This is really an impossible question to answer. I’m going to tell you why, give you an idea of what it costs me, and you can draw your own conclusions.
Everyone’s approach to living on the road is different. If I were to travel on a daily basis to a different RV park, it would not take me long to go broke. Figure a decent RV park will run around $75 per night with hookups, figure the gas to drive to a new location daily, I can easily see spending $100 per day, and that’s being careful with money, which computes to roughly $36,000 per year. I’m not made of that kind of money; this boy is not rich and never will be, so I take a little bit of a creative approach.
In decent weather I can go three days without power, which means no RV park for three days. There are so many variables, I really don’t know what to tell you at this point. When I was resupplying Bev along the Pacific Crest Trail, I was doing so on about $1500 per month, all expenses included. Compare that to renting a one-bedroom apartment, it’s kind of in the same ballpark. However, there are a lot of people not comfortable with pulling into vacant lot, in a strange area, and hoping for the best. I find rest areas to be my best friend on the road. I can play the rest area game with the best travelers alive, and rest areas don’t cost a penny to spend the night.
Anyway, lots of variables to consider, so take my $1500 per month and consider that my average figure while on the road.
Now, if you ask me what it costs to live at a home base, like I’m doing right now in Olympia, the answer is $0. I do not pay for rent, I do not pay for utilities, and being parked I do not pay for gas. I am literally, as of this moment, living on about $600 per month and almost all of that is food expense.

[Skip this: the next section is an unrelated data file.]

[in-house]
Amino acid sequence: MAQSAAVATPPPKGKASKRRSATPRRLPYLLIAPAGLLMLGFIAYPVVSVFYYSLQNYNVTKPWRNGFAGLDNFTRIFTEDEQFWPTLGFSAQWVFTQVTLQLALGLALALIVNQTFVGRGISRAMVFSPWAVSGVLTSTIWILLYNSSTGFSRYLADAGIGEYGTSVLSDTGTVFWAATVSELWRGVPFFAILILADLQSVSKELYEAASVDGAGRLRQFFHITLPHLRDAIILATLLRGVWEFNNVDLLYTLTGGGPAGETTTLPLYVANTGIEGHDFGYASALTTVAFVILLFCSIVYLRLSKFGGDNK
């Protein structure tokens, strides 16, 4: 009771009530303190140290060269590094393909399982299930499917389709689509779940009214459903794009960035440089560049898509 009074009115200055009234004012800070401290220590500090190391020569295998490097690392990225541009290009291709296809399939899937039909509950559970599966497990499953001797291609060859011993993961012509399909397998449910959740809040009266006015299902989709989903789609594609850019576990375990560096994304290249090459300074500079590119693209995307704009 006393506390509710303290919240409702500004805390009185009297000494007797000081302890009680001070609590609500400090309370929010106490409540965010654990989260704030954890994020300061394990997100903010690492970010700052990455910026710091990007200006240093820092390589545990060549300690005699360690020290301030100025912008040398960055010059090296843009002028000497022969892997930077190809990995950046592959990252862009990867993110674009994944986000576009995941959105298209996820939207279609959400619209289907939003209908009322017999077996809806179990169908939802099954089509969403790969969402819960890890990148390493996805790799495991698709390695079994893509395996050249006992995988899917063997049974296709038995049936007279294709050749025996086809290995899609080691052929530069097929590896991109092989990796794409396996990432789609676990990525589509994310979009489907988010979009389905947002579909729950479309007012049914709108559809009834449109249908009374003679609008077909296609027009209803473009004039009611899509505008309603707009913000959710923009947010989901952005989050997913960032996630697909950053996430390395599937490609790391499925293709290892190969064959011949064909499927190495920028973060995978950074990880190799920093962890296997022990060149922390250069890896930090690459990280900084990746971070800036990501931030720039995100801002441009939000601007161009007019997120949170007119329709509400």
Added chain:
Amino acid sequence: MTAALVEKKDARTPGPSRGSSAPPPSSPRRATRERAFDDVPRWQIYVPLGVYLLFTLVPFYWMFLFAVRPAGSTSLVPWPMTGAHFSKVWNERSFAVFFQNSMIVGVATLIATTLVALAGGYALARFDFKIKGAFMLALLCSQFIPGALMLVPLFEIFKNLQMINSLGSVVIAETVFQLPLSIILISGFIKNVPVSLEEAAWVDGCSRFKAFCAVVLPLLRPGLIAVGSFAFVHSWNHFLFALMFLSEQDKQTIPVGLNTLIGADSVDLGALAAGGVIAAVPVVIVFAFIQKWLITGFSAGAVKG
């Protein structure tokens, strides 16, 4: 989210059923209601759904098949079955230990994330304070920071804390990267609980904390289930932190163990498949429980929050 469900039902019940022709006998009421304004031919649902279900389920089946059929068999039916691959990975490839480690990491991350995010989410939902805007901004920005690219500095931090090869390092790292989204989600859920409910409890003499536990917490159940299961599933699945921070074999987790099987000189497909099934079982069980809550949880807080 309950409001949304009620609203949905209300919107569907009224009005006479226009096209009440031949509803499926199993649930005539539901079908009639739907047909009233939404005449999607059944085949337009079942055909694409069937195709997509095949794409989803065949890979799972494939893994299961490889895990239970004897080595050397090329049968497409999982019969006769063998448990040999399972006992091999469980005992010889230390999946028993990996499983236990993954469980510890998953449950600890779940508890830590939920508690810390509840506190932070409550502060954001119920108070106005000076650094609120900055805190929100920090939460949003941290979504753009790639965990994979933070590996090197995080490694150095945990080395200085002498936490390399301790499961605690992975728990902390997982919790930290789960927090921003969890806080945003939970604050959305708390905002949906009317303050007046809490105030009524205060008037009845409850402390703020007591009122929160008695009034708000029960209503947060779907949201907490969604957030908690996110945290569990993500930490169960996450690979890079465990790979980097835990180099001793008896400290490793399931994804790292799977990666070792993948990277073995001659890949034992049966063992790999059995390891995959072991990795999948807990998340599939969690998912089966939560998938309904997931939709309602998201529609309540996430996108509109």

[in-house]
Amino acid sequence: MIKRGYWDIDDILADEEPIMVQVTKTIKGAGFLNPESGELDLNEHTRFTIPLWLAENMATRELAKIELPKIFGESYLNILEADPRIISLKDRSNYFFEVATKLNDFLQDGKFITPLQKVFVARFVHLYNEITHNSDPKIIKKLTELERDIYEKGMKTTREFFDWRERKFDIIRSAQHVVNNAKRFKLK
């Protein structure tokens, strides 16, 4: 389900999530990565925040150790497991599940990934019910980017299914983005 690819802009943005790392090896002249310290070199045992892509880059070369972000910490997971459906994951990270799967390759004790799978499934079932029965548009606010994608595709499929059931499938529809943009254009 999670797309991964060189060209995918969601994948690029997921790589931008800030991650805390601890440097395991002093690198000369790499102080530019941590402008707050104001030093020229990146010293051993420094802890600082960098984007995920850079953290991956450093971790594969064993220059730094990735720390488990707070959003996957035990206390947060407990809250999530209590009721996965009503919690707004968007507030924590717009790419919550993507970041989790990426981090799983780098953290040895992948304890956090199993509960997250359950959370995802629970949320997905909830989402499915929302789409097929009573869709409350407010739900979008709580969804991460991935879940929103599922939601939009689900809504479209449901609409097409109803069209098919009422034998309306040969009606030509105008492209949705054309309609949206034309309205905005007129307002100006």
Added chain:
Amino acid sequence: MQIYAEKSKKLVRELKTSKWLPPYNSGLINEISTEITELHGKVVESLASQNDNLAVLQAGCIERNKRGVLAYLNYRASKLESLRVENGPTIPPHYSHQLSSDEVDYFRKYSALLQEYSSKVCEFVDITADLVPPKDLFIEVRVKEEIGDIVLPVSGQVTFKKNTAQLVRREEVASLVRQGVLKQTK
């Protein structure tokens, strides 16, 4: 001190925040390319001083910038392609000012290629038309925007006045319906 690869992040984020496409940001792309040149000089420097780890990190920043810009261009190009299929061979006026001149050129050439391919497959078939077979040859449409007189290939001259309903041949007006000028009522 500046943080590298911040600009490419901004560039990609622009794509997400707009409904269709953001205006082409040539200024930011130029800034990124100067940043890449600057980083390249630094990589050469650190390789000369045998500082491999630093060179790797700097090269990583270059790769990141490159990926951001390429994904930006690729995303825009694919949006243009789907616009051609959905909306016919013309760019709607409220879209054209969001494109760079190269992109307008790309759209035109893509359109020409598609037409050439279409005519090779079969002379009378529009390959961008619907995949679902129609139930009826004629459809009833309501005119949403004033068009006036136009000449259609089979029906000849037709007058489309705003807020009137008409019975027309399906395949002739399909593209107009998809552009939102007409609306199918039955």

What do you do about mail and medical and all the mundane trivia of daily living?
The answer to this question is not complicated at all, but it is something that every nomad must take care of. You need a “permanent” address so you can have important papers mailed to you somewhere. For me, that permanent address changes depending upon my whims. At one time it was my son’s house, then my friend Jim’s house, and now it is the place I am currently staying.
As long as the major players in your life have an address on file, they are happy.
My medical plan is through Kaiser Permanente, so if I had problems on the road, it’s not hard to find them nearby, and whenever I’m home I set up a wellness visit and make sure the one med I take is refilled.
And really, that’s all there is to it. Other things like taking a shower can be worked out. You can buy a Planet Fitness membership for $25 per month and use their showers at any of their locations. Community centers have showers, as do truck stops, as do many state parks.
The all-encompassing answer to this question is the fact that many have come before me, and they have already worked these things out, so it really is pretty simple to take care of the daily necessities.
And that is all for now. If you have a question about my lifestyle, feel free to drop me an email at firstname.lastname@example.org and I will answer as quickly as possible.\